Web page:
Marion Bartoli, Sabine Lisicki advance to Wimbledon women's final

Marion Bartoli celebrates beating Kirsten Flipkens during their

Marion Bartoli celebrates beating Kirsten Flipkens during their women's singles semifinal match on day ten of the 2013 Wimbledon Championships. (July 4, 2013) Photo Credit: Getty Images

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WIMBLEDON, England - Marion Bartoli caught up with her past. Agnieszka Radwanska was caught up by the future. So the most unpredictable Wimbledon of recent times will offer a women's final matching a 15th seed against a 23rd seed.

Bartoli, 28, of France, the 15th seed, needed only 62 minutes on a blue-sky day to defeat Kirsten Flipkens of Belgium, 6-1, 6-2, in the first semifinal on Centre Court yesterday.

It's been six years since Bartoli reached her only previous Grand Slam final, losing the Wimbledon title to Venus Williams.

Radwanska, of Poland, the No. 4 seed, failed to hold a third-set advantage and was beaten, 6-4, 2-6, 9-7, by Sabine Lisicki of Germany, the No. 23 seed. Radwanska made the final last year and lost to Serena Williams.

Irritated by her failing, Radwanska nearly blew off Lisicki in the post-match handshake, offering her right hand across the net while staring in the other direction.

"Should I just be there and dance?" Radwanska said when asked about it. "What could I do? I mean, I didn't feel like that at that point."

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Lisicki, 23, touted as one of the next top players, especially on grass with her big serve, seemed as baffled as anyone. "I didn't know why" was her comment about Radwanska's demeanor.

Radwanska broke Lisicki five straight times from the second set into the third and led 3-0 in the third. "I had a lot of chances," Radwanska said. "Just two points from the match. Then she serve second serve like 100 mph.''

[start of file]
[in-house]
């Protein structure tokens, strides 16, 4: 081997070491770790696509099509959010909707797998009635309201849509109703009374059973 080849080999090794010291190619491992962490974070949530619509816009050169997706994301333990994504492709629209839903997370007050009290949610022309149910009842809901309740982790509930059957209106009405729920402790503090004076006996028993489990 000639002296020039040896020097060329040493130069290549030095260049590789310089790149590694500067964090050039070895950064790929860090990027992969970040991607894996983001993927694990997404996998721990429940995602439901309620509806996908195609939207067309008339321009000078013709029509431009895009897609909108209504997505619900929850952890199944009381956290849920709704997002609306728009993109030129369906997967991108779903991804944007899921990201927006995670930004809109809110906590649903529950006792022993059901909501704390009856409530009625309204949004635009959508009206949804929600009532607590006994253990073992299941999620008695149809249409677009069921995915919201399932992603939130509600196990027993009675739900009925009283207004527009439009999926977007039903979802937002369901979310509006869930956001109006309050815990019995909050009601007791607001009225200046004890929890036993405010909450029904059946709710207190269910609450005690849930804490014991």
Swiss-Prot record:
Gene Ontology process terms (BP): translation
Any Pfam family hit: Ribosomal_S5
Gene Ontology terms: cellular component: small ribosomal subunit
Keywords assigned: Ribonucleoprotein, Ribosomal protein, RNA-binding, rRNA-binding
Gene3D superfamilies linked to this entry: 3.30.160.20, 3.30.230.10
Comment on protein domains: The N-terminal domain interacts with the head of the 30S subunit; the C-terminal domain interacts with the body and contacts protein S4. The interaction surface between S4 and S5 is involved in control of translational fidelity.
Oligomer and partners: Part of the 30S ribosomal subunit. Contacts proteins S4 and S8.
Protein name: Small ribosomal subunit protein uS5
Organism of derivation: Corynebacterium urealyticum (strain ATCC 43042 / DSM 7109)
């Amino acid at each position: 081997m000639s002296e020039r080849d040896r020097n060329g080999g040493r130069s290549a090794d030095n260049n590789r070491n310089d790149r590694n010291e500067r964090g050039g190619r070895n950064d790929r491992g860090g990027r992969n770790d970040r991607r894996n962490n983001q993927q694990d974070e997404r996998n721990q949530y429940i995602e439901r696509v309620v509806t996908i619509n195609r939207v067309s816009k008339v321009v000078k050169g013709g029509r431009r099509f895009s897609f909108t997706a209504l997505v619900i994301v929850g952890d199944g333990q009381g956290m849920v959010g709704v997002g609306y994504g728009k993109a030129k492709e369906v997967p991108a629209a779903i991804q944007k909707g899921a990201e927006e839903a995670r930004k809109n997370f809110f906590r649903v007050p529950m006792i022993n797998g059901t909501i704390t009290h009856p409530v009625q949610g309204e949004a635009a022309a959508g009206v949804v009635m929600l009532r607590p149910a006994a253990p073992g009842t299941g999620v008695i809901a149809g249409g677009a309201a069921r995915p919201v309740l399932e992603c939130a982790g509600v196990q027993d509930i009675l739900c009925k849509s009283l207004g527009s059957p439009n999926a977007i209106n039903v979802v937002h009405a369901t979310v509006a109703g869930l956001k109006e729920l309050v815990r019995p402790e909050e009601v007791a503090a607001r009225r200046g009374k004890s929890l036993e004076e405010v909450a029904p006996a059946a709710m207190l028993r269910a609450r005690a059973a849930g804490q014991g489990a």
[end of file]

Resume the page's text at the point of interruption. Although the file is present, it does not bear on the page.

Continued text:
With all the top seeds knocked out and a second consecutive Wimbledon final appearance on her racket, Radwanska wasn't happy. "No Serena, Maria [Sharapova] Vika [Victoria Azarenka]. Yeah, I am definitely disappointed," she said.

Bartoli, who said she napped in the locker room before the first shot, was elated.

"The last time I was so young, in a way," she recalled of the 2007 final. "I was every time the underdog coming out on the court, which this time it was totally the opposite. I was this time the highest-ranked player and I needed to put out a great performance in order to go through."

On the Fourth of July, there were American highlights. The Bryan twins of California, Mike and Bob, beat Rohan Bopanna and Edouard Roger-Vasselin, 6-7 (4), 6-4, 6-3, 5-7, 6-3, in the men's doubles semifinals. They have a record 14 Grand Slam titles, and a win here Saturday would make them the first team to hold all four at the same time.

Noah Rubin of Rockville Centre and his partner, Clement Greens of Belgium, advanced in the boys doubles, beating Luca Corenteli and Lucas Gomez, 6-4, 6-4.

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